Box Office
Federico Gastaldi for Variety

Although 2015 was a record box office year, exhibitor stocks closed well below where they started. Attendance was the third lowest since 1995, having peaked in 2002. Consolidation around fewer titles — with 20 movies that made $150 million-plus driving 53% of the business vs. 33% in 2002 — meant that attendance at smaller films was down by as much as 30%. And 13 studio wide-release films opened to less than $6 million. There is clearly a problem for non-tentpole moviegoing that extends beyond the generally touted needs for higher-quality pictures or better decision-making about when to release them.

Actually, the movie consumer is well along in the process of substituting at-home viewing for theatergoing, powered by on-demand convenience delivered by Netflix, time-shifted TV viewing through DVRs, and broadband-enabled piracy. Combined with the cost of a theater visit that has climbed to $28 (two tickets plus concessions) from $18 in 2003, even as in-home costs for two hours of on-demand entertainment plummet toward free, it begins to feel like a perfect storm for the non-tentpole release.

It certainly isn’t a supply problem. The major studios continue to make and release mid-budget movies, and new-entrants like STX are stepping into the market. In fact, total theatrical releases have risen to 690 in 2015 from 479 in 2002. But it’s exhibitors with the most to lose from downturns in attendance, due to lost concessions, the higher cost of film rentals for tentpoles, and the slide in cultural relevance as moviegoing becomes ever less frequent.

Declining attendance will only be addressed by finding a way to reach audiences more effectively and tackling the price imbalance of going to the theater vs. staying home.

“Declining attendance will only be addressed by finding a way to reach audiences more effectively and tackling the price imbalance of going to the theater vs. staying home.”

There are two clear levers that exhibitors could bring to bear. Direct marketing via consumer loyalty programs could improve the opening prospects for all films, but to date, that strategy has been focused primarily on tentpoles, with little credit earned by exhibitors for their efforts. Why couldn’t exhibition support smaller pictures, and do so for compensation from film distributors? And to address the growing home/theater price imbalance, coupling loyalty programs with expanded discount and subscription offers to consumers also would help attract audiences to smaller movies.

More controversially, control the window before home entertainment, currently a 90-day period for all films, even though the window reduces the profitability of those titles that don’t generally enjoy a second sale to consumers who have seen the film in theaters. For instance, while 50% or more of DVDs sold for tentpoles might be to viewers who saw the film theatrically, for non-tentpoles, the overlap is much less, making the additional marketing spend for the DVD window inefficient. Exhibitors have a chance — before viewer attention shifts further toward home consumption — to negotiate an approach to windows on terms that work for both them and studio distributors.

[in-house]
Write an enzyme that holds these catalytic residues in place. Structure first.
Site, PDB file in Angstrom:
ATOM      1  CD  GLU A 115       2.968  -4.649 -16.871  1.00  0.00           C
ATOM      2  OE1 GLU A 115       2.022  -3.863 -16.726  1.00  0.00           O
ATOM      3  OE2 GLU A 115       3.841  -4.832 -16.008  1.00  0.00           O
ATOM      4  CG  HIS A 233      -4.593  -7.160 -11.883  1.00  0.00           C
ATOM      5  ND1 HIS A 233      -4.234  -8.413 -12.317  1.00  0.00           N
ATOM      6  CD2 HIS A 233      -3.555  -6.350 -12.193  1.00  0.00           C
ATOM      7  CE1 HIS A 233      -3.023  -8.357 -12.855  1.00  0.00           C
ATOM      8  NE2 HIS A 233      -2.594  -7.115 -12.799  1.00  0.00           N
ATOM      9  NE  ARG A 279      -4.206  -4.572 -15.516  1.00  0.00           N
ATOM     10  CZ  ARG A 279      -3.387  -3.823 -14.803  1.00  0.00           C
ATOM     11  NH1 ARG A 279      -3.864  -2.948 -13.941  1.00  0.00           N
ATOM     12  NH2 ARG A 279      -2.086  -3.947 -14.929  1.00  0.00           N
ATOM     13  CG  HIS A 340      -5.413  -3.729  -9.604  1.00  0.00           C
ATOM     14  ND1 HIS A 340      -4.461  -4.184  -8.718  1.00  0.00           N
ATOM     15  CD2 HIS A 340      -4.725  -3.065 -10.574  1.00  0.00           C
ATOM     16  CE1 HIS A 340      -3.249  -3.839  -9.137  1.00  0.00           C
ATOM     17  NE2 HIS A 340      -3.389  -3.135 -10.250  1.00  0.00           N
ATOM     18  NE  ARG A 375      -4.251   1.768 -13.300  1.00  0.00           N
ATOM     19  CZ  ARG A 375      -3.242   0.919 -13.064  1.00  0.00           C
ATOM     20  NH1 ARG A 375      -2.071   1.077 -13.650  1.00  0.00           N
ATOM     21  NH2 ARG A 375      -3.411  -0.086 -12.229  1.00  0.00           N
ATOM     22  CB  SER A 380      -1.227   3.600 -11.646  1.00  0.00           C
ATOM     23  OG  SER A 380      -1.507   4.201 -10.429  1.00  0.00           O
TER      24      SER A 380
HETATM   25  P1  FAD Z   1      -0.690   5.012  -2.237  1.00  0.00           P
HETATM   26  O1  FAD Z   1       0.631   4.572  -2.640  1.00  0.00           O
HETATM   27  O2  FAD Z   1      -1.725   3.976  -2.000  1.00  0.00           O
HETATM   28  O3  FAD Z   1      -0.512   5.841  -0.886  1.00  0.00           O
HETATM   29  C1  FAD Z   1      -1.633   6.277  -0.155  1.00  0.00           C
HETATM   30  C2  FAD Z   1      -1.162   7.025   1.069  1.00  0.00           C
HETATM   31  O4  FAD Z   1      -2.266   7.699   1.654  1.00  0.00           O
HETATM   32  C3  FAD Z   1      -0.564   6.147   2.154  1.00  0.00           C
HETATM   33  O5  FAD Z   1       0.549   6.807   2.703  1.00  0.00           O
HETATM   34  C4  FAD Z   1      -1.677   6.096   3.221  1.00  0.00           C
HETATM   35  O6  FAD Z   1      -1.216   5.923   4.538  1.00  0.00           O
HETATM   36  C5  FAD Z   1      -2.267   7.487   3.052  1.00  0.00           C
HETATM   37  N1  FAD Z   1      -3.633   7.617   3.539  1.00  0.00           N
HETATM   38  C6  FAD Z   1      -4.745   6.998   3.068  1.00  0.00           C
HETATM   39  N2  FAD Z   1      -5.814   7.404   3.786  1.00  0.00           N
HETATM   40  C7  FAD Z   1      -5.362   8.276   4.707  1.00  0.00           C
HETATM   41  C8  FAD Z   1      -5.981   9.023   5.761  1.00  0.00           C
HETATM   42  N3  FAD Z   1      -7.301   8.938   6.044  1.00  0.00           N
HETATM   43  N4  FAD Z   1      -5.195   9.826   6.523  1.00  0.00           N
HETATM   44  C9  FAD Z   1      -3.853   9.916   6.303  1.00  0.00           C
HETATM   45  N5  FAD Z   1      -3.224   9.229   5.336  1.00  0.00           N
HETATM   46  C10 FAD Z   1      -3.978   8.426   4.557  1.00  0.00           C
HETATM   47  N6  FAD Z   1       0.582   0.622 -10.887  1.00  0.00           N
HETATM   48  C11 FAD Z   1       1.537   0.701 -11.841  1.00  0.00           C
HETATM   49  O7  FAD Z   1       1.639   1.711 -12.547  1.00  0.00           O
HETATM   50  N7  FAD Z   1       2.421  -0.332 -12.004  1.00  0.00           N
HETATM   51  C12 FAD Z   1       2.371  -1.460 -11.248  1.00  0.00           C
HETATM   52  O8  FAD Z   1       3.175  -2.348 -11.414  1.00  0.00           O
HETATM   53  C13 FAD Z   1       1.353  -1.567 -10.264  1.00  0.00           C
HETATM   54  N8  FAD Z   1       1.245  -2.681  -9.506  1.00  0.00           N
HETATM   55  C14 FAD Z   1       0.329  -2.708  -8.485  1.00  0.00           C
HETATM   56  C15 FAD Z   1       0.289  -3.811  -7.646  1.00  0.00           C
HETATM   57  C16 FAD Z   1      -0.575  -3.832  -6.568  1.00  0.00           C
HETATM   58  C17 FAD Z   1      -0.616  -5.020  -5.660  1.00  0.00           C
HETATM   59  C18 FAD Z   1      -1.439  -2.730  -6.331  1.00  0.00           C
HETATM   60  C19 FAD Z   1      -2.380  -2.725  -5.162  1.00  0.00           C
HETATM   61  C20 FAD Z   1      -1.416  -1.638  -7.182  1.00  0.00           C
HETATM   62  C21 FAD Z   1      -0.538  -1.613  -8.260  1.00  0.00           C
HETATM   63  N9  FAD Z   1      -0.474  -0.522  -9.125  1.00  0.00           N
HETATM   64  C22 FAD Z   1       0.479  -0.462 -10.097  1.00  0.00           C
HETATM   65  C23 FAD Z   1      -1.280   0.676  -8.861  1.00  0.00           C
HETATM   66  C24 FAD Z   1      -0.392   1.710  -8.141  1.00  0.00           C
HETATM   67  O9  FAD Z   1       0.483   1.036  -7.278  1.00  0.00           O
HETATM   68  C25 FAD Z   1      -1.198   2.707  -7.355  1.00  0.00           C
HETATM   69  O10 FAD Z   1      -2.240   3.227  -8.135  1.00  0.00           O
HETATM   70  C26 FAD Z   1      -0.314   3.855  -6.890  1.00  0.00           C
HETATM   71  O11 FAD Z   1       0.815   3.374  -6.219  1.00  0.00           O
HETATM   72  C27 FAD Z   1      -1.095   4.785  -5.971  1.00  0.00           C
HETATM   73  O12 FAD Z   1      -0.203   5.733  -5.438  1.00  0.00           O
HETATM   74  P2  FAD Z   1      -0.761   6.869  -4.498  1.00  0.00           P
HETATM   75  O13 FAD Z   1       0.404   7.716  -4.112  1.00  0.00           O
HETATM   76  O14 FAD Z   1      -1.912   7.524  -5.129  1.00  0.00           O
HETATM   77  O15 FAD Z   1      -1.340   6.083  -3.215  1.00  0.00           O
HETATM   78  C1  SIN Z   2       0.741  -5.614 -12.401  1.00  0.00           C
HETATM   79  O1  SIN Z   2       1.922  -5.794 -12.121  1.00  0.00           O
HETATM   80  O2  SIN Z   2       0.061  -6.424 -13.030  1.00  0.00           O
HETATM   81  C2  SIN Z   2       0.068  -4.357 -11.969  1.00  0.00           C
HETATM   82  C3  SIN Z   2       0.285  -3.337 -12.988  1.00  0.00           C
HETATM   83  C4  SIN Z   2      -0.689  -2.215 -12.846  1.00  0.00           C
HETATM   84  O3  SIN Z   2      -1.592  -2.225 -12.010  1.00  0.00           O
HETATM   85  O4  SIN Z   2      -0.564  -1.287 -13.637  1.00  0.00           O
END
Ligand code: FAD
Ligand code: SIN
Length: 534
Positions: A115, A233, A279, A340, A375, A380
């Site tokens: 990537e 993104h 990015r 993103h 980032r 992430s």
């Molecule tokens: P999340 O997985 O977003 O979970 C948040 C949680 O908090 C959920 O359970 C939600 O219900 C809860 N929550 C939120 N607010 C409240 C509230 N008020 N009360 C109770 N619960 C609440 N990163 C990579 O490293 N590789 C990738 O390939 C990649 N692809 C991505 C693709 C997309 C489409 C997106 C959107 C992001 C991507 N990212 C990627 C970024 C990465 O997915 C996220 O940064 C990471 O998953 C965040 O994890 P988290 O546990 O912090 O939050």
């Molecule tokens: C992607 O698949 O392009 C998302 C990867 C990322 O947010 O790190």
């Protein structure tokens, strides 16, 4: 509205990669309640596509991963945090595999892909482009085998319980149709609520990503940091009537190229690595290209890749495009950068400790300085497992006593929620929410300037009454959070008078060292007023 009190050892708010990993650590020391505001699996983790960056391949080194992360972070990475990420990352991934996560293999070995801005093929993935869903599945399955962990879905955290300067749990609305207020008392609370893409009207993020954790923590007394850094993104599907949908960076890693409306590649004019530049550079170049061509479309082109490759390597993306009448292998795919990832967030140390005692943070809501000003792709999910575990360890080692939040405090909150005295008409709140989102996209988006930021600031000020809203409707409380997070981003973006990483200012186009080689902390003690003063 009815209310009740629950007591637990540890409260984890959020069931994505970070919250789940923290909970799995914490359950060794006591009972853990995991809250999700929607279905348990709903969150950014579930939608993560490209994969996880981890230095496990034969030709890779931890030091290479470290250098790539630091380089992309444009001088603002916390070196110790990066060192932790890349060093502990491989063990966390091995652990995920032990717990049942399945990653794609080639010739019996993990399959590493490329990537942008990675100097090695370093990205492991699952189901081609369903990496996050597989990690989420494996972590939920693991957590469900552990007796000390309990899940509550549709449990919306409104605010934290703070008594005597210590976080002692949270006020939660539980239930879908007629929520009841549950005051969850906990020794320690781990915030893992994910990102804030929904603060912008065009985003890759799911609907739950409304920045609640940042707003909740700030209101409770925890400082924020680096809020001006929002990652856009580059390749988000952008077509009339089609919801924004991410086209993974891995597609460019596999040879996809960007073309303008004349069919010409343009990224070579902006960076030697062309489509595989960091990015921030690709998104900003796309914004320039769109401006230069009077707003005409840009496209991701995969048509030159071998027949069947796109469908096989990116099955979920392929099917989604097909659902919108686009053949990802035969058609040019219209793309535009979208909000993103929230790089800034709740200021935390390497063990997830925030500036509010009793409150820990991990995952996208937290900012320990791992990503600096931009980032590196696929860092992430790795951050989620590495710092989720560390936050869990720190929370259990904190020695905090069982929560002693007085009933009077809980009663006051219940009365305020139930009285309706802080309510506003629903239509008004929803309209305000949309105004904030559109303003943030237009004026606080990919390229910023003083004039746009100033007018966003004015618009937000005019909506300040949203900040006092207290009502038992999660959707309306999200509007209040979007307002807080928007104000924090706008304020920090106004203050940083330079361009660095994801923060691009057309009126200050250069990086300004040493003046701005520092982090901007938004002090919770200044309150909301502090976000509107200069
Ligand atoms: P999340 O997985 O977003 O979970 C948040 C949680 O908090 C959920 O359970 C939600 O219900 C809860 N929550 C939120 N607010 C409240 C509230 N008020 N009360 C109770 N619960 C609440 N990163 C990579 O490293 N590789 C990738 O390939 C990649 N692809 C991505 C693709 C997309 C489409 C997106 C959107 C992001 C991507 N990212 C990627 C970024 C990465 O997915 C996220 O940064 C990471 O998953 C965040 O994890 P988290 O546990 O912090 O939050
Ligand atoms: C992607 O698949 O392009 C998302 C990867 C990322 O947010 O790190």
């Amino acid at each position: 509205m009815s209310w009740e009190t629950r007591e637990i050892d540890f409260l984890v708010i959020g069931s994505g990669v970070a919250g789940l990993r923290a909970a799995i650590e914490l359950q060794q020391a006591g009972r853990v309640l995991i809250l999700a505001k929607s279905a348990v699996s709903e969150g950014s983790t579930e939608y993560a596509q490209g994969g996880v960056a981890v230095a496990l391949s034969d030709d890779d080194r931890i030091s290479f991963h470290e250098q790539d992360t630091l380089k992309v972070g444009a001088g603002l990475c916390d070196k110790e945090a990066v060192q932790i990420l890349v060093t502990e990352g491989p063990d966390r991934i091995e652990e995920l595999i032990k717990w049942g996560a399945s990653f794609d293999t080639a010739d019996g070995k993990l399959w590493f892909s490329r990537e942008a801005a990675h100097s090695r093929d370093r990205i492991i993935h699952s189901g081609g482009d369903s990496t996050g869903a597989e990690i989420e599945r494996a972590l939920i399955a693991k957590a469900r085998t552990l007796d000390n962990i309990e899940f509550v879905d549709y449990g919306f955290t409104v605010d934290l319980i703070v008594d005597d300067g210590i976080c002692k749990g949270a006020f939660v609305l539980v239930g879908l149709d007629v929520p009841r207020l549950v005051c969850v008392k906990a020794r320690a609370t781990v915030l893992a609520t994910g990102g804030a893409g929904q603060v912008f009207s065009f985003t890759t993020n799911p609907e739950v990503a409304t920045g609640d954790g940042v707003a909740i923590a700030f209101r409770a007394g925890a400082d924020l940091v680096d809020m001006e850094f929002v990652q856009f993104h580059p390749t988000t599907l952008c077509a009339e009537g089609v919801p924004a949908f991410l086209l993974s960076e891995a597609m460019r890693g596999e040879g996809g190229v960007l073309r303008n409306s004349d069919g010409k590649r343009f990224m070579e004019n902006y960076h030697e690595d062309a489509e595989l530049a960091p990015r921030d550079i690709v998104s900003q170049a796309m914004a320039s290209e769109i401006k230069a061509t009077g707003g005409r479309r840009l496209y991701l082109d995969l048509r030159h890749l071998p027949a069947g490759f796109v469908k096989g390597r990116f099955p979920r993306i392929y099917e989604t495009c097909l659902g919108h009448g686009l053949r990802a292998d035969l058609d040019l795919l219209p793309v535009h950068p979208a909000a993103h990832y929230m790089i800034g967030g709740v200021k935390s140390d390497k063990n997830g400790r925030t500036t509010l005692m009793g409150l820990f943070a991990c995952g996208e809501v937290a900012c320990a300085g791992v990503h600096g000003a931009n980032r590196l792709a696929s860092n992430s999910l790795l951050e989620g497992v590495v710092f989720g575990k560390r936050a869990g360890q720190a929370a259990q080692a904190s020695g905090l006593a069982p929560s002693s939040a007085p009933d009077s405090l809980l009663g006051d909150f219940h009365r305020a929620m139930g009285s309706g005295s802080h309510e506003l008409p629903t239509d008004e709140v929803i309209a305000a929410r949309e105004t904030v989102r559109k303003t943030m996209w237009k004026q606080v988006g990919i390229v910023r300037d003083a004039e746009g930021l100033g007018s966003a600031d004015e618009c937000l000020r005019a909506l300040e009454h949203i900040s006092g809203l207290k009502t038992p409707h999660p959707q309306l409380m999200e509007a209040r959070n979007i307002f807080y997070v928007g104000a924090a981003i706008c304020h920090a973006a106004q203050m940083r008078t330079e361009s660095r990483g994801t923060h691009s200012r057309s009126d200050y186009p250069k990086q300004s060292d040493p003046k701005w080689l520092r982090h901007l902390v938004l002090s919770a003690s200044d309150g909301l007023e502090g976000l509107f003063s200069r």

What might exhibition ask for? The list could include co-op marketing contributions from studios, protection against further escalation in film rentals for a given period, commitment to not make certain movies available via subscription services too soon, and even input on a home price point that is high enough to make moviegoing a decision about format, rather than price.

There also could be opportunities for exhibitors and distributors to enjoy an influx of marketing support, ticket-sale implementation and even capital, from digital services such as Comcast or Amazon enjoying newly opened access to first-run movies. And, if positioned appropriately as a revised releasing strategy, changes could begin with a single studio and exhibitor. Theater owners opting not to participate would risk unsustainable losses in revenue and market share.

It’s time for exhibitors to partner with the studios, putting windows on the table to adapt to the changing consumer landscape.

John Calkins is an L.A.-based media executive with 20 years of global experience in film and TV distribution in both the theatrical and home entertainment markets. Most recently he was president of programming at AMC Entertainment, responsible for film rental negotiations. He’s also held senior positions at Sony Pictures, Warner Bros. and McKinsey & Co.

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